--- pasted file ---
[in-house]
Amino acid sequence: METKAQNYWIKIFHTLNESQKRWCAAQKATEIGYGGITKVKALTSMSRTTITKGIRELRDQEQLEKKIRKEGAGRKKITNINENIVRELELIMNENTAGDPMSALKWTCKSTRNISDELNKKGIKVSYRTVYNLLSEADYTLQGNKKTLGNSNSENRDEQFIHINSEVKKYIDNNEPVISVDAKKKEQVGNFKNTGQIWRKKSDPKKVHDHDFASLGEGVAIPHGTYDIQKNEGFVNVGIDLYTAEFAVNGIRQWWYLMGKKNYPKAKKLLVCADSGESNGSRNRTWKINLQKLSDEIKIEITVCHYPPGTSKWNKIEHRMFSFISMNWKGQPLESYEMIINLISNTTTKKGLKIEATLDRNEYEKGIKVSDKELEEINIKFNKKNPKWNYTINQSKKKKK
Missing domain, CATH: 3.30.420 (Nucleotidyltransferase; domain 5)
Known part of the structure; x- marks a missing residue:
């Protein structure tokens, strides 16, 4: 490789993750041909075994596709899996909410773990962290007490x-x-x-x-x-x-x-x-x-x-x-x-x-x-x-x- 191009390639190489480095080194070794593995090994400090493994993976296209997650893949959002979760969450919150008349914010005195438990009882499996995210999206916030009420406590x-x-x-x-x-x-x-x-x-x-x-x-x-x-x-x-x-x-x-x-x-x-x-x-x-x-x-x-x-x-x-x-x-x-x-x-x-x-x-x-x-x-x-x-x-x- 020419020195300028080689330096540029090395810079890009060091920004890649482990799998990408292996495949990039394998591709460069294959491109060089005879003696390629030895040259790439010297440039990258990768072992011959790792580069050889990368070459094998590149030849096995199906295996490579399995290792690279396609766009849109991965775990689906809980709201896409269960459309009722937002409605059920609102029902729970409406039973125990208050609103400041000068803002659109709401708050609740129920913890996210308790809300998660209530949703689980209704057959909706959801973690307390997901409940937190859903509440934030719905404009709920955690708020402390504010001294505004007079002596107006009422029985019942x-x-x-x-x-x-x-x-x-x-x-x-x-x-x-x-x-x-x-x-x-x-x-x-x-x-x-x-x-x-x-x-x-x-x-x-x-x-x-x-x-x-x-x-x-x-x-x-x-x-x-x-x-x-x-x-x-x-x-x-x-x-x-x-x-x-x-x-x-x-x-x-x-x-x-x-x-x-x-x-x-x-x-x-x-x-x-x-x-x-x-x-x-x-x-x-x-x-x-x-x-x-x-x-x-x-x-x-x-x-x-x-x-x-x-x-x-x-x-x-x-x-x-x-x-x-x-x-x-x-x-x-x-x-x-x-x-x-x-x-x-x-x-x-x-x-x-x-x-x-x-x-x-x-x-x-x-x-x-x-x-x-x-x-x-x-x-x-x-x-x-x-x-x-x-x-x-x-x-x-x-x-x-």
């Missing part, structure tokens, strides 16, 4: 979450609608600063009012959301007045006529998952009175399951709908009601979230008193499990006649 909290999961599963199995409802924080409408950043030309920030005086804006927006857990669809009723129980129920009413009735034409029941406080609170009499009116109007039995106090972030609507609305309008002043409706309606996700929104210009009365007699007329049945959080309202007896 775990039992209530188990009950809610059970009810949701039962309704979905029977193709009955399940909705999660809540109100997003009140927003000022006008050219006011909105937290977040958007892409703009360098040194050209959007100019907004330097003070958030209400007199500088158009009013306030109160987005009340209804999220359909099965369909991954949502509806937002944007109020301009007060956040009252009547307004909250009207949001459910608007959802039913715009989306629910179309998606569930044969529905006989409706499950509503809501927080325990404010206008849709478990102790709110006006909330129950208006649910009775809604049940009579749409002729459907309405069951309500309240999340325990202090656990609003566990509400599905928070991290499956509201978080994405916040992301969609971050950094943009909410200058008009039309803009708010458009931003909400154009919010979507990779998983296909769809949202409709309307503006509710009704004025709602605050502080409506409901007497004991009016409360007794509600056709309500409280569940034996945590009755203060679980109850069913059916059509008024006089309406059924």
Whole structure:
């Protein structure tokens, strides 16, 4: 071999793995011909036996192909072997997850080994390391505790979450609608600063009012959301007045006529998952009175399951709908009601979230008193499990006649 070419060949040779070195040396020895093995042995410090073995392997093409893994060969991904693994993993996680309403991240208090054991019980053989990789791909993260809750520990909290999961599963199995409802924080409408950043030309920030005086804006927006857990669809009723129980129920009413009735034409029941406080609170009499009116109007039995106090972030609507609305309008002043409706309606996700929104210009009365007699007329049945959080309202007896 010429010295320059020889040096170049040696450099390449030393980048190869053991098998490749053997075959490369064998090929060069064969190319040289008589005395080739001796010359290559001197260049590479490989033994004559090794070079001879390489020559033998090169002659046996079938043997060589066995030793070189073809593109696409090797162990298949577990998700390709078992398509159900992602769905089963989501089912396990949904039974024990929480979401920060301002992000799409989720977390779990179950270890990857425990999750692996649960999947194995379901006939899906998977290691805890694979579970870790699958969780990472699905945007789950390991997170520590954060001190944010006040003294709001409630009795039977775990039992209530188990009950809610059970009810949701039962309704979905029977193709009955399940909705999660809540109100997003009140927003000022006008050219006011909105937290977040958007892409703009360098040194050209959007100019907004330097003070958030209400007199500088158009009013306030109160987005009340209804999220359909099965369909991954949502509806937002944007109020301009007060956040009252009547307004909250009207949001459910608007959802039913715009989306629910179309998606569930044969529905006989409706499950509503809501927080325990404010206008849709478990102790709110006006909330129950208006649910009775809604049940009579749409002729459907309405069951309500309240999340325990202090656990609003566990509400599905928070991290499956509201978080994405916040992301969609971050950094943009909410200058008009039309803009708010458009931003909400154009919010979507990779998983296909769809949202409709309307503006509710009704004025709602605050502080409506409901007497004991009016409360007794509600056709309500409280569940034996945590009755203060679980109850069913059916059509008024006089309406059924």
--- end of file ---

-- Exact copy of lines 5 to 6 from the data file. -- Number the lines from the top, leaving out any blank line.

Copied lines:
């Protein structure tokens, strides 16, 4: 490789993750041909075994596709899996909410773990962290007490x-x-x-x-x-x-x-x-x-x-x-x-x-x-x-x- 191009390639190489480095080194070794593995090994400090493994993976296209997650893949959002979760969450919150008349914010005195438990009882499996995210999206916030009420406590x-x-x-x-x-x-x-x-x-x-x-x-x-x-x-x-x-x-x-x-x-x-x-x-x-x-x-x-x-x-x-x-x-x-x-x-x-x-x-x-x-x-x-x-x-x- 020419020195300028080689330096540029090395810079890009060091920004890649482990799998990408292996495949990039394998591709460069294959491109060089005879003696390629030895040259790439010297440039990258990768072992011959790792580069050889990368070459094998590149030849096995199906295996490579399995290792690279396609766009849109991965775990689906809980709201896409269960459309009722937002409605059920609102029902729970409406039973125990208050609103400041000068803002659109709401708050609740129920913890996210308790809300998660209530949703689980209704057959909706959801973690307390997901409940937190859903509440934030719905404009709920955690708020402390504010001294505004007079002596107006009422029985019942x-x-x-x-x-x-x-x-x-x-x-x-x-x-x-x-x-x-x-x-x-x-x-x-x-x-x-x-x-x-x-x-x-x-x-x-x-x-x-x-x-x-x-x-x-x-x-x-x-x-x-x-x-x-x-x-x-x-x-x-x-x-x-x-x-x-x-x-x-x-x-x-x-x-x-x-x-x-x-x-x-x-x-x-x-x-x-x-x-x-x-x-x-x-x-x-x-x-x-x-x-x-x-x-x-x-x-x-x-x-x-x-x-x-x-x-x-x-x-x-x-x-x-x-x-x-x-x-x-x-x-x-x-x-x-x-x-x-x-x-x-x-x-x-x-x-x-x-x-x-x-x-x-x-x-x-x-x-x-x-x-x-x-x-x-x-x-x-x-x-x-x-x-x-x-x-x-x-x-x-x-x-x-």
């Missing part, structure tokens, strides 16, 4: 979450609608600063009012959301007045006529998952009175399951709908009601979230008193499990006649 909290999961599963199995409802924080409408950043030309920030005086804006927006857990669809009723129980129920009413009735034409029941406080609170009499009116109007039995106090972030609507609305309008002043409706309606996700929104210009009365007699007329049945959080309202007896 775990039992209530188990009950809610059970009810949701039962309704979905029977193709009955399940909705999660809540109100997003009140927003000022006008050219006011909105937290977040958007892409703009360098040194050209959007100019907004330097003070958030209400007199500088158009009013306030109160987005009340209804999220359909099965369909991954949502509806937002944007109020301009007060956040009252009547307004909250009207949001459910608007959802039913715009989306629910179309998606569930044969529905006989409706499950509503809501927080325990404010206008849709478990102790709110006006909330129950208006649910009775809604049940009579749409002729459907309405069951309500309240999340325990202090656990609003566990509400599905928070991290499956509201978080994405916040992301969609971050950094943009909410200058008009039309803009708010458009931003909400154009919010979507990779998983296909769809949202409709309307503006509710009704004025709602605050502080409506409901007497004991009016409360007794509600056709309500409280569940034996945590009755203060679980109850069913059916059509008024006089309406059924």